Online grocery retailer Ocado has announced it will be the first supermarket in the UK to launch an app for the voice-controlled personal assistant, Amazon Alexa.
The Ocado app for Amazon’s smart home speaker, Echo, will enable customers to use voice commands to add products to an existing order or basket, to check their orders before they submit them and to find out what products are in season and how best to include them in recipes. They’ll also be able to track deliveries.
In order to understand individual customers’ product preferences, the Ocado Technology team built an Ocado Conversational Service, based on artificial intelligence (AI), which is able to suggest both related and previously bought items for customers to add to their baskets.
Behind the scenes
In a blog post about the new service, the Ocado Technology e-commerce team explains how, when it first started building its Alexa ‘skill’ (a chunk of function built to support a specific use for Amazon’s smart speakers), it quickly realized that it would important to support a “natural, bi-directional conversational flow.”
This is what allows the service to ‘understand’ orders made in different ways, as well as commands that allow a customer to check their basket’s contents, for example, or verify the total price of an order.
According to the blog post, Alexa converts the audio stream into a command (for example, ‘add to basket’) and a search term (such as ‘cheese’), based on examples provided by Ocado, which has trained Alexa to recognize the top 15,000 most commonly searched items from Ocado.com.
These text queries are then passed on to the Ocado skill, which also runs on AWS, where the request is processed and an appropriate response is established using internal APIs [application programming interfaces].
It’s this response that leads to this two-way conversation, the blog post explains. “If the request can be fulfilled, i.e. we have the item in stock, the Ocado skill will send an output to Alexa; for example, ‘I’ve added Cathedral mature cheddar to Thursday’s Ocado order. Can I help you with anything else?’ However, if the item is out of stock, unavailable or cannot be found, the Ocado skill will not only offer the appropriate notification, but can also make alternative suggestions; ‘Sorry the Cathedral City mature cheddar you usually buy is out of stock. How about trying the Ocado organic mature cheddar instead?’”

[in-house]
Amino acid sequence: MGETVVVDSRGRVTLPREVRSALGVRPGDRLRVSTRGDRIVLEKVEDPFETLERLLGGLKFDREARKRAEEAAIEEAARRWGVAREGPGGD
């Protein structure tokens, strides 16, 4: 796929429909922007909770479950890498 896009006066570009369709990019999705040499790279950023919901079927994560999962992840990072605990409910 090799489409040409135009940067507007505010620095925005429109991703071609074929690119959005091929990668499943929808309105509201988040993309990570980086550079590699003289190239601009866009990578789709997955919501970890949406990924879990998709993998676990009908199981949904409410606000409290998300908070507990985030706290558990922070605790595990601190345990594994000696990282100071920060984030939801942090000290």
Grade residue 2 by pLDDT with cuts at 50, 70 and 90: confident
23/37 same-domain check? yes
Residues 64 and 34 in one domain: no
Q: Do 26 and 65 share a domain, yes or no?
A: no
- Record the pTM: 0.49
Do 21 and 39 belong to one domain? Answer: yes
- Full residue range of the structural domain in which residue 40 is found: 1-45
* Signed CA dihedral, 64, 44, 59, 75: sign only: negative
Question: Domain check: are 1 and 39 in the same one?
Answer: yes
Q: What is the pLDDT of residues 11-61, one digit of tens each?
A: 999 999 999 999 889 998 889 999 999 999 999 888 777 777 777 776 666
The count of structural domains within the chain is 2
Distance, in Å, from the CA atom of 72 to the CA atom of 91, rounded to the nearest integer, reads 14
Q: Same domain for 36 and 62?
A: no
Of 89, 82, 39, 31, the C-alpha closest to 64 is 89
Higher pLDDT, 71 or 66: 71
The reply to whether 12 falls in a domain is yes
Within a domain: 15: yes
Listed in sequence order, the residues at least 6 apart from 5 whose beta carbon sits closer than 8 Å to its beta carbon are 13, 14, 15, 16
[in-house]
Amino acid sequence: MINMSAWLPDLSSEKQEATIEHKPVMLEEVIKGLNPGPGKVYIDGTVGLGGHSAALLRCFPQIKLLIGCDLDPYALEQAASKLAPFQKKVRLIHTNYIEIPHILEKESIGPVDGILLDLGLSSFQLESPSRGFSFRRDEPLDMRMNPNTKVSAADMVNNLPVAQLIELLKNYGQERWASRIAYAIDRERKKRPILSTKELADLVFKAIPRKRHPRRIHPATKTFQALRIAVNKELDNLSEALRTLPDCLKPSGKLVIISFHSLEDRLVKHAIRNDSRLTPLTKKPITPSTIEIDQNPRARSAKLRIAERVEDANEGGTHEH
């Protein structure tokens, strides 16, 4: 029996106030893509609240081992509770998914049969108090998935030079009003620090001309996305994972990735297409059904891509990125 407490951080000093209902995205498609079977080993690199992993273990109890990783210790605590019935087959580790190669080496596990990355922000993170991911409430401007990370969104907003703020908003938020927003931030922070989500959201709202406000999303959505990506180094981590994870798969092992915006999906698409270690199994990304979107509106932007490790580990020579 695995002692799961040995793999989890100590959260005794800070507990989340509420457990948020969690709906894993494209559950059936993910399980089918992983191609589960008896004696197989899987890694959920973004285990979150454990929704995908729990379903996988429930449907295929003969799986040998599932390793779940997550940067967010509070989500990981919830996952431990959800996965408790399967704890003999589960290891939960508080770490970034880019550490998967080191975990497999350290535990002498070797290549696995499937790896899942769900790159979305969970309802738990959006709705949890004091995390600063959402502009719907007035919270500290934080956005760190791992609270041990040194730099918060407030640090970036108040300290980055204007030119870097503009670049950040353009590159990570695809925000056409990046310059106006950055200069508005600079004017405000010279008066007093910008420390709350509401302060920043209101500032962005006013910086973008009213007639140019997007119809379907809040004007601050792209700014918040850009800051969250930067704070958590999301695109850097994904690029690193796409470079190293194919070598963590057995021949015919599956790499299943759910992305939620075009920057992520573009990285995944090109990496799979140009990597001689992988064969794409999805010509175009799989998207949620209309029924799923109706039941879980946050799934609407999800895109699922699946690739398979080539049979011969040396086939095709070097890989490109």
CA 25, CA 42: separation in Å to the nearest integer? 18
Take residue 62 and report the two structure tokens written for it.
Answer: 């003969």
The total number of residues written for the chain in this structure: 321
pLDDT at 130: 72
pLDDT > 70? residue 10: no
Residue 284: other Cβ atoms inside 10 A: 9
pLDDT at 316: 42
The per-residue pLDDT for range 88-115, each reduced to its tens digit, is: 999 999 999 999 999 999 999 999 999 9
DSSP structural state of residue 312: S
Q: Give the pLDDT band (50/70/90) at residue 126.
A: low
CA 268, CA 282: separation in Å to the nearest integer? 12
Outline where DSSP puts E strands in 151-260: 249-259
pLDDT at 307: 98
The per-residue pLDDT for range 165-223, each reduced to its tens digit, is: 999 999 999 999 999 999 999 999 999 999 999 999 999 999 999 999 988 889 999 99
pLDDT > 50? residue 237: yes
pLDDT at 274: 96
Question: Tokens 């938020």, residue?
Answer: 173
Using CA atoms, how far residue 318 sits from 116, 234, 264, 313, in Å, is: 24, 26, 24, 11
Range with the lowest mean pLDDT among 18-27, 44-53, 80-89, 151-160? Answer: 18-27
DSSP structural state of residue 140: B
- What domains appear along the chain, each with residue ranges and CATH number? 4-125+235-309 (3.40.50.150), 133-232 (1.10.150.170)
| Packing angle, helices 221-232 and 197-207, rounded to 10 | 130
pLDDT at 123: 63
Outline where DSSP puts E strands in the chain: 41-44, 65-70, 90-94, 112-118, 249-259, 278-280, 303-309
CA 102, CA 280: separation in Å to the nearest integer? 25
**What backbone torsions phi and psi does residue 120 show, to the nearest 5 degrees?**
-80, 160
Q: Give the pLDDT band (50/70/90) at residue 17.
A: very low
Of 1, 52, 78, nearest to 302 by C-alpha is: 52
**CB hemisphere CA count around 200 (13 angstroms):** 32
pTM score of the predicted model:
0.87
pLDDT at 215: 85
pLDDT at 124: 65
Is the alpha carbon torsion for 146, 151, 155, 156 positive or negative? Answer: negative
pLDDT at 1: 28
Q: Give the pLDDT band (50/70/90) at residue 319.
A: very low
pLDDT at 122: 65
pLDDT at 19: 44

This means that shoppers can gradually collate their shopping basket over a few days, as and when they finish items in their kitchens.
Ocado’s clearly hoping that this could mean an end to hastily-conducted audits of our kitchen cabinets prior to a shop, or entering into online systems those reminders previously scribbled on shopping lists, sticky notes or kitchen whiteboards.
“Grocery shopping should be quick, easy and convenient,” said Lawrence Hene, marketing and commercial director at Ocado. “Using voice technology, we’ve made it even easier, by developing our new app that will enable customers to add to their Ocado baskets without even lifting a finger.”
Commenting on the launch, John Rakowski, director of technology strategy at application monitoring and analytics specialist AppDynamics, said that the announcement demonstrates continued momentum in building speech-activated services and a “very intriguing development” in the battle for online supermarket shoppers.
“While there may be some mainstream consumer scepticism about the practical value of voice assistants, we’re certain to see further deployments of the technology by Amazon and other digital retailers in the near future,” he said. “Ten years ago, the launch of the iPhone and the advent of apps drew a fair degree of initial scepticism. Now apps are part of everyday life, and more so, will become crucial in the retail battleground.”
Meanwhile at Fujitsu, Rupal Karia, head of commercial for the UK and Ireland suggested that the pressure is on for retailers to give customers “what they want, before they know they want it.”
In late July, consumer confidence levels in the UK slumped to the same levels seen immediately after the Brexit referendum, against a backdrop of rising inflation and weakening wage growth.
According to Karia, retailers must use technology to differentiate the experience that they can offer customers or face a worrying prospect, namely “being the next generation of retailers to be pushed out of the high street for good.”
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